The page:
Following on from their sink or float experiment yesterday, I challenged them to make boats for their Blaze characters.


  • Recycling: plastic containers and trays, wooden trays, cardboard trays and tins
  • Sticks for masts
  • Paper for sails
  • Scissors
  • Sticky tape
  • Felt tip pens


Making boats

They selected the containers that they each wanted to use as the hull for four of their boats. I encouraged them to use different sized containers, made of different materials, to make the experiment more interesting.

Deep in concentration.

Ioan cut out a flag from pink and blue paper, then stuck it around a stick, to make a flag pole. Finally, he stuck the flag pole to his boat.

Finny used orange and yellow paper to make his flags. He chose to attach his flag pole to the boat before sticking the flag on.

Finishing off their remaining boats. Ioan made sure all his flags were colour coordinated, meanwhile, Finn wrote the name of each character on their flag.

Their finished boats ready to be tested.

Finny testing buoyancy

Boat 1

Boat 2

Boat 3

Boat 4

Ioan testing buoyancy

Boat 1

Boat 2

Boat 3

Boat 4

The pictures above, show the tuna can floating without Blaze inside, then having sunk after carrying Blaze.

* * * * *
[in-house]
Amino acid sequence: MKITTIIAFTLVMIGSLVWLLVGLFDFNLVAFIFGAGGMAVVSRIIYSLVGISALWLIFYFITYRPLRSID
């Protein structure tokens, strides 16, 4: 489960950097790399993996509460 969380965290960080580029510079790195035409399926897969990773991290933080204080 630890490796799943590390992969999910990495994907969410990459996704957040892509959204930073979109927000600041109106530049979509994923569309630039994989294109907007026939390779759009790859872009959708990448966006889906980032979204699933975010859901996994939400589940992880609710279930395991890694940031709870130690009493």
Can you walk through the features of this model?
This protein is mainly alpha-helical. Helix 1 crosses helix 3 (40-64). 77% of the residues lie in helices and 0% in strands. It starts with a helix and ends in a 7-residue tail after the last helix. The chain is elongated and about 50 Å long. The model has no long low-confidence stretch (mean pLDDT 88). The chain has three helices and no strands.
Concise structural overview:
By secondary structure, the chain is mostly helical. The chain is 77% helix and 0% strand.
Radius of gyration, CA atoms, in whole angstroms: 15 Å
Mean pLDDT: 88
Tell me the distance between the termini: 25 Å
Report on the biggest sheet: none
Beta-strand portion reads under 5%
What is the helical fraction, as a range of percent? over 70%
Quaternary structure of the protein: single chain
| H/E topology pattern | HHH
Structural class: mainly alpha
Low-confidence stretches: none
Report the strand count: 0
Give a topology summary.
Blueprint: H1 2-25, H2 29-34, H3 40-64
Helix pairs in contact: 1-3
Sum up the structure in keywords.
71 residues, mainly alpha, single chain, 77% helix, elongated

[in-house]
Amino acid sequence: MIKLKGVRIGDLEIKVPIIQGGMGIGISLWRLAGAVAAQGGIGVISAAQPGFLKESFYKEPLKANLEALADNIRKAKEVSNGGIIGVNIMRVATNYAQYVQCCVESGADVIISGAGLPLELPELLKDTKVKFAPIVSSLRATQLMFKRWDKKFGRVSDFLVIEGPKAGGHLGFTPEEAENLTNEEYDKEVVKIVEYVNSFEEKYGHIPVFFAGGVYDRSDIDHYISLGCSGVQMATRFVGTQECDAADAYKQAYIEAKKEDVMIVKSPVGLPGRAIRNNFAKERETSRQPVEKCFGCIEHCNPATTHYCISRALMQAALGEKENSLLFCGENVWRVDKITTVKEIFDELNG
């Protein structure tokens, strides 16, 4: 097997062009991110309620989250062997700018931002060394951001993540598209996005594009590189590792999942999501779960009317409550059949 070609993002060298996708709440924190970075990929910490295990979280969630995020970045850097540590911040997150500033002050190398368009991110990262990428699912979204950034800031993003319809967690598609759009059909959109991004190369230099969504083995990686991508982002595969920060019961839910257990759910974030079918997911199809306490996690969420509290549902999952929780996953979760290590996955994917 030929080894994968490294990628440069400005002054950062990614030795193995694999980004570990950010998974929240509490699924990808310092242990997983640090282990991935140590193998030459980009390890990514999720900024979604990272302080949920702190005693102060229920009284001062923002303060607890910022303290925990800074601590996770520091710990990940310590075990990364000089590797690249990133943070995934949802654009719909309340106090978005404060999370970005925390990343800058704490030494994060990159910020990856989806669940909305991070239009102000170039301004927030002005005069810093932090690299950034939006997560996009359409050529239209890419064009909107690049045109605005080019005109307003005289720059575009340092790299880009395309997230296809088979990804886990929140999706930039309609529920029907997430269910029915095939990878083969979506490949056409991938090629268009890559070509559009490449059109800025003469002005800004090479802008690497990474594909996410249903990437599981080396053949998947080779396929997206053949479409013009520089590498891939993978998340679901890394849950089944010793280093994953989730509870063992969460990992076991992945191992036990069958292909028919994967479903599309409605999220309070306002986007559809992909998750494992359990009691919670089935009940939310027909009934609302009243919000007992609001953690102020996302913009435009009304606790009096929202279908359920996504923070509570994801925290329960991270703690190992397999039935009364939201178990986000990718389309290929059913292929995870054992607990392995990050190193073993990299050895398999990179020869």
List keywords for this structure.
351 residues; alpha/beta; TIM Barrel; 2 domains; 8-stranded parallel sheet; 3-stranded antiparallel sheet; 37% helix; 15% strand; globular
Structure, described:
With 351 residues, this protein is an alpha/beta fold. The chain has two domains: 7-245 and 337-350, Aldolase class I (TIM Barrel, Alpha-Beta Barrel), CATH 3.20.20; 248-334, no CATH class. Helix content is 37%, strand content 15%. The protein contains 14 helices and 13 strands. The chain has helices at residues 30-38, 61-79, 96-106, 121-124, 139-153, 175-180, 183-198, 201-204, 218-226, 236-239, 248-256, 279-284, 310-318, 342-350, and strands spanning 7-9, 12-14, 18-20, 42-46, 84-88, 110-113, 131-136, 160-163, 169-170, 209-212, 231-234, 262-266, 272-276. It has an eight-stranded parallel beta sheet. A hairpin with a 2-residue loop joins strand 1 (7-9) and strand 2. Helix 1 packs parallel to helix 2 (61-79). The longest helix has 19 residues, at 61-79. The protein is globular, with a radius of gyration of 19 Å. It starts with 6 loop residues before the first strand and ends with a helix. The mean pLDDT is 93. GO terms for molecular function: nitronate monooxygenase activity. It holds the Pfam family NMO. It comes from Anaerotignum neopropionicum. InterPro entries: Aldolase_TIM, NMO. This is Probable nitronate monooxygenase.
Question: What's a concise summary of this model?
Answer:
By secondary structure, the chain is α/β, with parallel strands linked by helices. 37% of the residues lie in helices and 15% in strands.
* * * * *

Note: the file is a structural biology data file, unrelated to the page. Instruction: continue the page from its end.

What is buoyancy?

When something is in water, there are two forces acting on it.

Things that float are buoyant. An object floats when the weight force on the object is balanced by the upthrust (upward push) of the water on the object. The upthrust of the water increases with the volume of the object that is under water; it is not affected by the depth of the water or the amount of water.

If the weight force down is larger than the upward push of the water on the object then the object will sink. If the reverse is true then the object will rise.

Rising is the opposite of sinking.

A buoy has lots of air in it, making it less dense than the sea around it so it floats. An anchor has much less air in it and is much more dense than the water, so it sinks.

Coin and cereal box experiment

In this experiment, the cereal box and the coin were the same weight.

The weight of the cereal box was spread over a wider surface area, increasing the upthrust of the water. As the cereal box was less dense than the water, it floated.

Although the coin was the same weight, that weight was distributed over a much smaller surface area, so there was less upthrust from the water. The coin was more dense than the water, which made the coin sink.

DfES Outcomes for EYFS and National Curriculum (2013)

Science Year 1 programme of study

Everyday Materials

  • distinguish between an object and the material from which it is made
  • identify and name a variety of everyday materials, including wood, plastic, glass, metal, water, and rock
  • describe the simple physical properties of a variety of everyday materials
  • compare and group together a variety of everyday materials on the basis of their simple physical properties.

Art and design

Key Stage 1 Programme of study

  • use a range of materials creatively to design and make products
  • use drawing, painting and sculpture to develop and share their ideas, experiences and imagination
  • develop a wide range of art and design techniques in using colour, pattern, texture, line, shape, form and space